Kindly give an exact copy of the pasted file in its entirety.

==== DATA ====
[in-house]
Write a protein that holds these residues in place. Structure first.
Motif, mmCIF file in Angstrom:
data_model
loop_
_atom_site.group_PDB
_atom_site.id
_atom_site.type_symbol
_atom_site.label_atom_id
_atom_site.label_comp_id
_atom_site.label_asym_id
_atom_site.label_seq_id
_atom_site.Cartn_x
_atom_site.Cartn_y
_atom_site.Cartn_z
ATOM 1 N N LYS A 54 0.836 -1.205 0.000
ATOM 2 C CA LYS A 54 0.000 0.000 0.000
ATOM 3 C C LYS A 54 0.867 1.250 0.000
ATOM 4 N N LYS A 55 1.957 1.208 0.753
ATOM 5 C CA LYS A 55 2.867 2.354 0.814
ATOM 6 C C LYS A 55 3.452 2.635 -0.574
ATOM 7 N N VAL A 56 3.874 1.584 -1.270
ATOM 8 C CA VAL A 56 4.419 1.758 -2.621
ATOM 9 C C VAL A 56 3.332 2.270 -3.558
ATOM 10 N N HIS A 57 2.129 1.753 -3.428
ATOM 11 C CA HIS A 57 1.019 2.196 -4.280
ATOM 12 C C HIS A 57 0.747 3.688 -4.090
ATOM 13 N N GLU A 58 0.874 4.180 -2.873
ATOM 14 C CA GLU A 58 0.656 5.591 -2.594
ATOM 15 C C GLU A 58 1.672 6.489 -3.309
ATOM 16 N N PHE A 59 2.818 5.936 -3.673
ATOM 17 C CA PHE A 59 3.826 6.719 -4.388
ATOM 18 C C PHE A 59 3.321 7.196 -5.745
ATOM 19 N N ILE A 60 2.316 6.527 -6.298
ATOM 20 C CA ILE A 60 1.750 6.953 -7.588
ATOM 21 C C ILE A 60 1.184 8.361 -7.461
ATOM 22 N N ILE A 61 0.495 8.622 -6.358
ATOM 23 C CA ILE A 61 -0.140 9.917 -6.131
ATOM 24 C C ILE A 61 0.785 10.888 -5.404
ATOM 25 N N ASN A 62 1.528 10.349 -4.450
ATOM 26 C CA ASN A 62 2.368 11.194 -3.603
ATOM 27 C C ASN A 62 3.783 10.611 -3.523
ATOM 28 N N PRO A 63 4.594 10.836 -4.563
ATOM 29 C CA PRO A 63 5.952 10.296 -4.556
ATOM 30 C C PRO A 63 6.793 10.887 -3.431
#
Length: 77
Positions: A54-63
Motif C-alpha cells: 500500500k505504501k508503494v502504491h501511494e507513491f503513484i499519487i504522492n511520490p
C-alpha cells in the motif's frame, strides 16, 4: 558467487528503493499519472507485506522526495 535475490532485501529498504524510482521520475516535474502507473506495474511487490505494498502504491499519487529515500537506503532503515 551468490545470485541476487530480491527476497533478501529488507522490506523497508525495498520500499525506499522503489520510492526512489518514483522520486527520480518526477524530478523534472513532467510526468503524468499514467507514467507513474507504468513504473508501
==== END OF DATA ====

[in-house]
Write a protein that holds these residues in place. Structure first.
Motif, mmCIF file in Angstrom:
data_model
loop_
_atom_site.group_PDB
_atom_site.id
_atom_site.type_symbol
_atom_site.label_atom_id
_atom_site.label_comp_id
_atom_site.label_asym_id
_atom_site.label_seq_id
_atom_site.Cartn_x
_atom_site.Cartn_y
_atom_site.Cartn_z
ATOM 1 N N LYS A 54 0.836 -1.205 0.000
ATOM 2 C CA LYS A 54 0.000 0.000 0.000
ATOM 3 C C LYS A 54 0.867 1.250 0.000
ATOM 4 N N LYS A 55 1.957 1.208 0.753
ATOM 5 C CA LYS A 55 2.867 2.354 0.814
ATOM 6 C C LYS A 55 3.452 2.635 -0.574
ATOM 7 N N VAL A 56 3.874 1.584 -1.270
ATOM 8 C CA VAL A 56 4.419 1.758 -2.621
ATOM 9 C C VAL A 56 3.332 2.270 -3.558
ATOM 10 N N HIS A 57 2.129 1.753 -3.428
ATOM 11 C CA HIS A 57 1.019 2.196 -4.280
ATOM 12 C C HIS A 57 0.747 3.688 -4.090
ATOM 13 N N GLU A 58 0.874 4.180 -2.873
ATOM 14 C CA GLU A 58 0.656 5.591 -2.594
ATOM 15 C C GLU A 58 1.672 6.489 -3.309
ATOM 16 N N PHE A 59 2.818 5.936 -3.673
ATOM 17 C CA PHE A 59 3.826 6.719 -4.388
ATOM 18 C C PHE A 59 3.321 7.196 -5.745
ATOM 19 N N ILE A 60 2.316 6.527 -6.298
ATOM 20 C CA ILE A 60 1.750 6.953 -7.588
ATOM 21 C C ILE A 60 1.184 8.361 -7.461
ATOM 22 N N ILE A 61 0.495 8.622 -6.358
ATOM 23 C CA ILE A 61 -0.140 9.917 -6.131
ATOM 24 C C ILE A 61 0.785 10.888 -5.404
ATOM 25 N N ASN A 62 1.528 10.349 -4.450
ATOM 26 C CA ASN A 62 2.368 11.194 -3.603
ATOM 27 C C ASN A 62 3.783 10.611 -3.523
ATOM 28 N N PRO A 63 4.594 10.836 -4.563
ATOM 29 C CA PRO A 63 5.952 10.296 -4.556
ATOM 30 C C PRO A 63 6.793 10.887 -3.431
#
Length: 77
Positions: A54-63
Motif C-alpha cells: 500500500k505504501k508503494v502504491h501511494e507513491f503513484i499519487i504522492n511520490p
C-alpha cells in the motif's frame, strides 16, 4: 558467487528503493499519472507485506522526495 535475490532485501529498504524510482521520475516535474502507473506495474511487490505494498502504491499519487529515500537506503532503515 551468490545470485541476487530480491527476497533478501529488507522490506523497508525495498520500499525506499522503489520510492526512489518514483522520486527520480518526477524530478523534472513532467510526468503524468499514467507514467507513474507504468513504473508501